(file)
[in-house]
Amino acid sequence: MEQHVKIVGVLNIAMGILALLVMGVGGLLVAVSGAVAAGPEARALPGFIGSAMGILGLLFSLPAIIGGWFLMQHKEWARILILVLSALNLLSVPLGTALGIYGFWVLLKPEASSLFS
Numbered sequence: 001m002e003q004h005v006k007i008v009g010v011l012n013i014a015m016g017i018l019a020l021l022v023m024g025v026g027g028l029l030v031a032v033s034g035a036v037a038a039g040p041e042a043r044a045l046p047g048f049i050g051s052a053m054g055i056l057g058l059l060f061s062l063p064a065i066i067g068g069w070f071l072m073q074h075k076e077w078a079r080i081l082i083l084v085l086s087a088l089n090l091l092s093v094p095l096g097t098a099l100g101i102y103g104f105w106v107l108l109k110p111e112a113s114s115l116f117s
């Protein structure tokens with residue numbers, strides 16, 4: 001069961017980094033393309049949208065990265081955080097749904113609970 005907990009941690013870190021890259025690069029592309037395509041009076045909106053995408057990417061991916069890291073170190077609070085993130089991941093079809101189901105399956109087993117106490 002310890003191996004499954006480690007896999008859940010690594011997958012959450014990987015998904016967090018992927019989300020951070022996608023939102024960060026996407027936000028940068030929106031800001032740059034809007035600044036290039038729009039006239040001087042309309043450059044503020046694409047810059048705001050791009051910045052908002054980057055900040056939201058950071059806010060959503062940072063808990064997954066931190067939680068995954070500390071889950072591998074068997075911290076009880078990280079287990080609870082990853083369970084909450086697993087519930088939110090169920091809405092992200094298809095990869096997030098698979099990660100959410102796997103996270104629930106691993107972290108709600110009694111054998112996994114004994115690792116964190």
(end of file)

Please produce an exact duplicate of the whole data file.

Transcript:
[in-house]
Amino acid sequence: MEQHVKIVGVLNIAMGILALLVMGVGGLLVAVSGAVAAGPEARALPGFIGSAMGILGLLFSLPAIIGGWFLMQHKEWARILILVLSALNLLSVPLGTALGIYGFWVLLKPEASSLFS
Numbered sequence: 001m002e003q004h005v006k007i008v009g010v011l012n013i014a015m016g017i018l019a020l021l022v023m024g025v026g027g028l029l030v031a032v033s034g035a036v037a038a039g040p041e042a043r044a045l046p047g048f049i050g051s052a053m054g055i056l057g058l059l060f061s062l063p064a065i066i067g068g069w070f071l072m073q074h075k076e077w078a079r080i081l082i083l084v085l086s087a088l089n090l091l092s093v094p095l096g097t098a099l100g101i102y103g104f105w106v107l108l109k110p111e112a113s114s115l116f117s
């Protein structure tokens with residue numbers, strides 16, 4: 001069961017980094033393309049949208065990265081955080097749904113609970 005907990009941690013870190021890259025690069029592309037395509041009076045909106053995408057990417061991916069890291073170190077609070085993130089991941093079809101189901105399956109087993117106490 002310890003191996004499954006480690007896999008859940010690594011997958012959450014990987015998904016967090018992927019989300020951070022996608023939102024960060026996407027936000028940068030929106031800001032740059034809007035600044036290039038729009039006239040001087042309309043450059044503020046694409047810059048705001050791009051910045052908002054980057055900040056939201058950071059806010060959503062940072063808990064997954066931190067939680068995954070500390071889950072591998074068997075911290076009880078990280079287990080609870082990853083369970084909450086697993087519930088939110090169920091809405092992200094298809095990869096997030098698979099990660100959410102796997103996270104629930106691993107972290108709600110009694111054998112996994114004994115690792116964190």